I realize that since school began that I’ve fallen a bit out of the blogosphere. Even though I quit one of jobs, which should consequentially mean more free time, I find myself becoming absorbed in reading for hours on end either at my apartment, on campus, or in New Wave Coffee on Milwaukee. Yes, I realize now that taking three art history courses amongst two other text-heavy classes was probably what most would call a mistake of sorts. But there are benefits to sitting in Lincoln Park with my nose so far into an academic journal that I do not notice the hoards of my peers streaming in and out of class and go about their lives all day. Like what? Well I get to learn the crazy mysteries of the Latin Kingdom of Jerusalem, for one.
For the last week I shirked the rest of my responsibilities to read and ponder and bang my head against my keyboard about the column paintings in the Church of the Nativity in Bethlehem. The basilica itself was originally built by Constantine and/or Helena in the early 4th century, but Justinian altered and restored it after it was partially damaged in the early 6th. Come the 12th century and the close of the first Crusader period when the Franks controlled the Levant, the Church of the Nativity (called so because, you guessed it, the basilica’s built over the very spot where Jesus was born) became a very important destination for Christian pilgrims. And thus between the period of 1130 and when the city was taken by Saladin in 1187, 29 saints were painted on 27 of the 44 columns off the central nave of the church (see the plan below).
There are a few things that make these column paintings pretty damn cool. For one, the technique of painting the saints is peculiar to the Church of the Nativity. Like, no where else in the entire world do we find this type of style where the artists (who remain unknown, one of the daunting mysteries of these things) paint with oil directly on marble, perhaps mixed with a type of wax or something. Unheard of! And pretty wicked that some remain so well in tact (okay, fine, some are almost completely eroded, like the Marina/Margaret II, but still).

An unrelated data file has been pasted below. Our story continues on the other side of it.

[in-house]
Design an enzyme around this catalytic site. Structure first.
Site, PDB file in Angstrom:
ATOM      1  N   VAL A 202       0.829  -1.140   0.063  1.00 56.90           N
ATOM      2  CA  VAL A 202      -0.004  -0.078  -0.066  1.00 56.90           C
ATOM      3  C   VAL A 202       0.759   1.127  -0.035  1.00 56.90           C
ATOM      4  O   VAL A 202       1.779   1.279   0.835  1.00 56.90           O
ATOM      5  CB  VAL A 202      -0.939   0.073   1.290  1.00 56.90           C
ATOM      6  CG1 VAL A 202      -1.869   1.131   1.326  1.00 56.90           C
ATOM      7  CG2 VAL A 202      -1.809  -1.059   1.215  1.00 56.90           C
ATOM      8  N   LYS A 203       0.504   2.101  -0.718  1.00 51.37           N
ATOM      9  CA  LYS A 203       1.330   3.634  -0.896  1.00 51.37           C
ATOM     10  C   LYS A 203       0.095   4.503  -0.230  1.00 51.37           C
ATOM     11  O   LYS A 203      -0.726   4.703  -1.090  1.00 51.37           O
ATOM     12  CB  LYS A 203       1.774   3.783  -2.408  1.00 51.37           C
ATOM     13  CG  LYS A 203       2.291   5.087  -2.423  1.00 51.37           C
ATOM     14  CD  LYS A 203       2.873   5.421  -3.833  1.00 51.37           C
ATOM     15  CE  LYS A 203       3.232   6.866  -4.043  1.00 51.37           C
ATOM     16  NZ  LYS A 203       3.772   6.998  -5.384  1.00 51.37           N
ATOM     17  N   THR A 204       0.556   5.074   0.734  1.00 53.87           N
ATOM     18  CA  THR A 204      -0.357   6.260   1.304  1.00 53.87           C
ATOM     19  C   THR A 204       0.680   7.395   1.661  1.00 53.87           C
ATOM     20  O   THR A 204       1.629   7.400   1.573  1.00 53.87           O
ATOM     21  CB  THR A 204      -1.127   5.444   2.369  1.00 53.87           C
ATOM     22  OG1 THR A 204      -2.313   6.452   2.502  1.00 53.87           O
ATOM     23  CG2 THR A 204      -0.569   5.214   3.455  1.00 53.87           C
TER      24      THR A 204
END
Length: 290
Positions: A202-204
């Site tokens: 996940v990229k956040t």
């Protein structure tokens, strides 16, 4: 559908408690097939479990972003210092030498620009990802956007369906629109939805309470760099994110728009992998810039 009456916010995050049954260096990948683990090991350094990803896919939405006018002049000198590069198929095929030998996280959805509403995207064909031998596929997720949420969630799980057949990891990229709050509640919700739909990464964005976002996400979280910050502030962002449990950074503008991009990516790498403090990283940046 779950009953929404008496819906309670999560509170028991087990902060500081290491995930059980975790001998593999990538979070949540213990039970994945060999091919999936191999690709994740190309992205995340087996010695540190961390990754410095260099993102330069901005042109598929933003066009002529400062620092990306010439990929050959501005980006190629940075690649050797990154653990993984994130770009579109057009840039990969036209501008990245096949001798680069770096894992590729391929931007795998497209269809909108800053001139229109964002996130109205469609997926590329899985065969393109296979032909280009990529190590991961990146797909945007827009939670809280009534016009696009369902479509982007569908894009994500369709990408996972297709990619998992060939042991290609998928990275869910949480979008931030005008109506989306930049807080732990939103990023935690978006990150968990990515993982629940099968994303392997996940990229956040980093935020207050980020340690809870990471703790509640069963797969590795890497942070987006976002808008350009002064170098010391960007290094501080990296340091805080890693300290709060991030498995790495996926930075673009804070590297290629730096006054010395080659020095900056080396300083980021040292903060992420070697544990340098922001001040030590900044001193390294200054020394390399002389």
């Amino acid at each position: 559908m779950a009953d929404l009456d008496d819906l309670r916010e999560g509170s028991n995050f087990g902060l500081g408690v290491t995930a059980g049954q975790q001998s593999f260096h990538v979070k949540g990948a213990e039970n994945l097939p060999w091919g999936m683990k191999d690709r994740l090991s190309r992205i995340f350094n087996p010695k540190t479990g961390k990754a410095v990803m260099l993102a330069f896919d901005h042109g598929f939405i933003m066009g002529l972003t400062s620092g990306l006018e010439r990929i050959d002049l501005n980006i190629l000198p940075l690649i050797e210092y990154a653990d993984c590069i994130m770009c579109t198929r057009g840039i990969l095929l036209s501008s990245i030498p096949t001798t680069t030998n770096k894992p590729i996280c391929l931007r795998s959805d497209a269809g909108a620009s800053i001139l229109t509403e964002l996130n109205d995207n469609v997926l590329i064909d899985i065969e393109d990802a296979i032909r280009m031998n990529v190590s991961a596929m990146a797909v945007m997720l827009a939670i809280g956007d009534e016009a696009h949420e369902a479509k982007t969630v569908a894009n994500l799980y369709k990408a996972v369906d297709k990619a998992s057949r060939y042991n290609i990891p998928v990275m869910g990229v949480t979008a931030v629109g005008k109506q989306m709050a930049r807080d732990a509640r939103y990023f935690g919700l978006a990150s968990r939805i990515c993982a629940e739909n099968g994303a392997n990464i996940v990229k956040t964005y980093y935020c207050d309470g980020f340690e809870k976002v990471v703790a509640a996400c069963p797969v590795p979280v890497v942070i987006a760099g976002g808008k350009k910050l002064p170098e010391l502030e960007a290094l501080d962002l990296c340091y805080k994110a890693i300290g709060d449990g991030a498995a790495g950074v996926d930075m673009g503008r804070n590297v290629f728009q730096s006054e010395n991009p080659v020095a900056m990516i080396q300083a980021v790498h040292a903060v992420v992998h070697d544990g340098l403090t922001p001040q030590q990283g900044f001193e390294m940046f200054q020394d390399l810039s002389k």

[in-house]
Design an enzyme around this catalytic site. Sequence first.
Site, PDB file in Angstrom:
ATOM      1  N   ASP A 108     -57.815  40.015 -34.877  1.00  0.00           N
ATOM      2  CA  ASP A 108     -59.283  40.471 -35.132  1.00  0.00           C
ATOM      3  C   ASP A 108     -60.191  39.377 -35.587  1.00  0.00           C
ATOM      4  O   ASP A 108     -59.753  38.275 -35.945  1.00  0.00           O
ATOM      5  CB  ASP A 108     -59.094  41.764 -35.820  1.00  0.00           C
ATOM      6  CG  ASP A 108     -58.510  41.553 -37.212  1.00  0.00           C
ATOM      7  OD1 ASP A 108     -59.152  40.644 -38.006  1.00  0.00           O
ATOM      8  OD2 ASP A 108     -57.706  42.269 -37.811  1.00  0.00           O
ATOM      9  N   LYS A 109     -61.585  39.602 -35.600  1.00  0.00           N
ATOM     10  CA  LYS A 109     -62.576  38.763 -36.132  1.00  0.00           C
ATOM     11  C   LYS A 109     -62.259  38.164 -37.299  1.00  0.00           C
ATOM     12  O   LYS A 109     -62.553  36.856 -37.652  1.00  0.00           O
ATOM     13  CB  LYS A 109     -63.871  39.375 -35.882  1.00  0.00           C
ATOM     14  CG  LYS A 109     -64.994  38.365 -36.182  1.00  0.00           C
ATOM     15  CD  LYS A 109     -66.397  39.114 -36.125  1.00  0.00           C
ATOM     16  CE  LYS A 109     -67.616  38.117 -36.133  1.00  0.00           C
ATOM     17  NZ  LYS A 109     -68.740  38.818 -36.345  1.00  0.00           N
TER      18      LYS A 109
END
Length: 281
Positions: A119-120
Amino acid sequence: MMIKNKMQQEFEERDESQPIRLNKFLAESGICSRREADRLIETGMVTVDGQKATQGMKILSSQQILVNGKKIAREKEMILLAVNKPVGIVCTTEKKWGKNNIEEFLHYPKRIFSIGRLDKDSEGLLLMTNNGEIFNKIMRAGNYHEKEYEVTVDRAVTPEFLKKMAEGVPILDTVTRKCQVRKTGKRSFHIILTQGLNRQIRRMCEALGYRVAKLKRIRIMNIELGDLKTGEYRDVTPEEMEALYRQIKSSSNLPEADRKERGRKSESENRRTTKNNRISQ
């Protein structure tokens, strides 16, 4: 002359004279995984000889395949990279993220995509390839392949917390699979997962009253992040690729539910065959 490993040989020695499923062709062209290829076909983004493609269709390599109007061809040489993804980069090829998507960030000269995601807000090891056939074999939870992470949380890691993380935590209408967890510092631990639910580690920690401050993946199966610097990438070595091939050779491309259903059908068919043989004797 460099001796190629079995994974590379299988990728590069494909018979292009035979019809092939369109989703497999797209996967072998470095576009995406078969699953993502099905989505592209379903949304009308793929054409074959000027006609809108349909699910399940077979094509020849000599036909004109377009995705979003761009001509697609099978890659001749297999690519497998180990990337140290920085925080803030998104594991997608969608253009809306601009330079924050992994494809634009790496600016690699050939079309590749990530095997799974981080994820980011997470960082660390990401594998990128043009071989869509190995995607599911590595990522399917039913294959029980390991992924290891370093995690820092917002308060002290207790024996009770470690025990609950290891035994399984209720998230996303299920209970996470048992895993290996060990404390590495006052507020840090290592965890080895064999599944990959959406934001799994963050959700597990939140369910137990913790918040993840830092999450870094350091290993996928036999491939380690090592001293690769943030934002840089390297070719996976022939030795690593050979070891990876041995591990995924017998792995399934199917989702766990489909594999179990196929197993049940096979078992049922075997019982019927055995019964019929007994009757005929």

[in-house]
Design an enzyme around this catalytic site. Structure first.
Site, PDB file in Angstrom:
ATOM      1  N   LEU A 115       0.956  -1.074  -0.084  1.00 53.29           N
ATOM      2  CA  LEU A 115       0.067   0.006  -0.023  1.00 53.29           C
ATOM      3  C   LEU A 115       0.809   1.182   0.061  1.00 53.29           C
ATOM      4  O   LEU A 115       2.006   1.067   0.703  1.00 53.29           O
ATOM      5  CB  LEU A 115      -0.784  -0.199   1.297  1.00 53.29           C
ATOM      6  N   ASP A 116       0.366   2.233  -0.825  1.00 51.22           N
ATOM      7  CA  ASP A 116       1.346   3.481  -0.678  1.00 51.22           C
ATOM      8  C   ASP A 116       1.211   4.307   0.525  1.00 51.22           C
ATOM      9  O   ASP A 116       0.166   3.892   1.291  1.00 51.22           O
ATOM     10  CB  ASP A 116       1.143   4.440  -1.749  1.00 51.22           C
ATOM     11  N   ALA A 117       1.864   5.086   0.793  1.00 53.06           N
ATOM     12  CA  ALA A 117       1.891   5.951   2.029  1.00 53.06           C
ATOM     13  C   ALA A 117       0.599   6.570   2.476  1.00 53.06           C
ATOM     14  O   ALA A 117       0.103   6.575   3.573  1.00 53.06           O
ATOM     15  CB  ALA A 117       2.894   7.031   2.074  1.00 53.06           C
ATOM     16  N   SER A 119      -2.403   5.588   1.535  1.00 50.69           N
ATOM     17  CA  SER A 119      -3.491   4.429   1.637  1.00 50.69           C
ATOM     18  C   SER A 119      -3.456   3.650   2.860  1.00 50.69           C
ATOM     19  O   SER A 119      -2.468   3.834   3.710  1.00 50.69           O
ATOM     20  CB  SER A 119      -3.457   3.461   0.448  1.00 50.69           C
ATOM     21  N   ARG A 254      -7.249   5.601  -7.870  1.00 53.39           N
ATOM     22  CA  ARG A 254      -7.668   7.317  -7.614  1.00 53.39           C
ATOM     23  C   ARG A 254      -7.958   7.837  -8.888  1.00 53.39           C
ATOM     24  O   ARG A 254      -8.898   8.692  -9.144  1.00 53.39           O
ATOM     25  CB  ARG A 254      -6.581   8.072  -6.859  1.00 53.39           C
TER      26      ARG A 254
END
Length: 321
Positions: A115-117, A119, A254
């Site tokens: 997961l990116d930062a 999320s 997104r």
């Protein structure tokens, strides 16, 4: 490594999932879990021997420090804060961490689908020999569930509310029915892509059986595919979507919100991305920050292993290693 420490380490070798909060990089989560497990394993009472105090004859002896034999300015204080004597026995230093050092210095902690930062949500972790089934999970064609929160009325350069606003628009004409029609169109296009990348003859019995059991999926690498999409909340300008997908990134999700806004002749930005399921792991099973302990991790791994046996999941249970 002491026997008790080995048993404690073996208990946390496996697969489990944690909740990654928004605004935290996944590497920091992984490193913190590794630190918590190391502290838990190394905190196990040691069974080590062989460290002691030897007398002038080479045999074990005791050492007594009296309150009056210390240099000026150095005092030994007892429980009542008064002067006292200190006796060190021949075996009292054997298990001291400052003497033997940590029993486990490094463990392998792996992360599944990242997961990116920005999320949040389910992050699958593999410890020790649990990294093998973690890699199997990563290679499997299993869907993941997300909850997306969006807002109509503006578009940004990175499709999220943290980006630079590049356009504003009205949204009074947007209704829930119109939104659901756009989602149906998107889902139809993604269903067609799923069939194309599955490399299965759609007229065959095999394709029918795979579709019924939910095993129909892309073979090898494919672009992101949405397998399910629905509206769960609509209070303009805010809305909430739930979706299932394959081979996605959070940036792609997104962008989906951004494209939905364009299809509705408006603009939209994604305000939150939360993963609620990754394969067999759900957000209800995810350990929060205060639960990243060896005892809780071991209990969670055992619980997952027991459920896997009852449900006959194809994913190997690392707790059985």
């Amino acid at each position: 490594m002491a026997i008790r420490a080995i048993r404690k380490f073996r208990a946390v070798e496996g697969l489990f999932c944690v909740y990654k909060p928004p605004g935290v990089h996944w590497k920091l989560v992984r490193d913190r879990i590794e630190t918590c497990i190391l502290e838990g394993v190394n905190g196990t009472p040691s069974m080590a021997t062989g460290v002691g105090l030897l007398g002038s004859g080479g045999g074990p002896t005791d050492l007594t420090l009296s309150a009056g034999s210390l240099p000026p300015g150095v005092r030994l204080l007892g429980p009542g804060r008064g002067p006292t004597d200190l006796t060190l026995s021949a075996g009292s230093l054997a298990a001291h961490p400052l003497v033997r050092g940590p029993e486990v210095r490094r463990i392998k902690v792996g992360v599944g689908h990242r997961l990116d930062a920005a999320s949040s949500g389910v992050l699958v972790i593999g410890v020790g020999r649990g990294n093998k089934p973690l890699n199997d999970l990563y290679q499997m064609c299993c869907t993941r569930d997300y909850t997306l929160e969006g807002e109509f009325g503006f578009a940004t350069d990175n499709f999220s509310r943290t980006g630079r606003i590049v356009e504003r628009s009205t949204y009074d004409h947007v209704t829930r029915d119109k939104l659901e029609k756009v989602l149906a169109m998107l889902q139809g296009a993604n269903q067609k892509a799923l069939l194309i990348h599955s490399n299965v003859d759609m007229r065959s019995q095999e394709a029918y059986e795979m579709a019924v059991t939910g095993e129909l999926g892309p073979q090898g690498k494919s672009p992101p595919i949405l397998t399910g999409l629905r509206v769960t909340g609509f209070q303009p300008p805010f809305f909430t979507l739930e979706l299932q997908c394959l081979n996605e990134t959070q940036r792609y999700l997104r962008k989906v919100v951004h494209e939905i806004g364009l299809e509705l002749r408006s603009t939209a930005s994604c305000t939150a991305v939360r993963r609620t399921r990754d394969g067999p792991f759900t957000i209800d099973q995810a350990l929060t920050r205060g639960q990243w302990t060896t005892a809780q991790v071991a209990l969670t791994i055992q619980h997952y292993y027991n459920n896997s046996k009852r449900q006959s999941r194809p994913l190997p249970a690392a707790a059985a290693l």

Also we get this blatant mix of Eastern and Western visual culture. Although it’s debated that these representations were done by Western artists, the iconography is nearly 100% Byzantine imbued with Western symbols (like the Lilies on soldier saint shields, the ermine fur on the otherwise Byzantine tunics of the Holy Kings, and the seashell of the Santiago de Compostela pilgrims in the column with St. James). The blending is kind of mind-boggling and my-brain-exploded type awesome.
Another really interesting component of these paintings is that we get four different representations of Mary, all of which depict her in her human, maternal modes. In a Galaktotrophusa (also called the “suckling Mary” or “The Milk-giving Mary”) show Mary offering her breast to feed baby Jesus where she literally holds her bare breast in her hand. Pretty racy for mid-twelfth century if you ask me, or anyone.
But really the reason we spend so much time thinking and talking about these paintings is that we have no way of knowing whether or not there was some overarching decorative plan for the selection and placement of them or if their development was more organic, with wealthy pilgrim patrons making their mark on the church while they could. (The depiction of Saint Fusca is a prime example of this, considering she is only worshipped in the area of Venice and really has no broader connections to either the East or West.)
Were the ascetics, apostles, females, soldiers, kings all separated in groups according to some hierarchical plan? Very debatable. Some of the farfetched groupings of saints and the vast origins of all these saints calls the comprehensive plan theory into question. And with these questions inevitably spring up the others of, “Who made these?” “Who commissioned them?” “Why are they painted where they are painted?” All of which can never be fully affirmed and make the discussion of such an important Christian site all the more fun and infuriating! The joys of studying ancient art, y’all.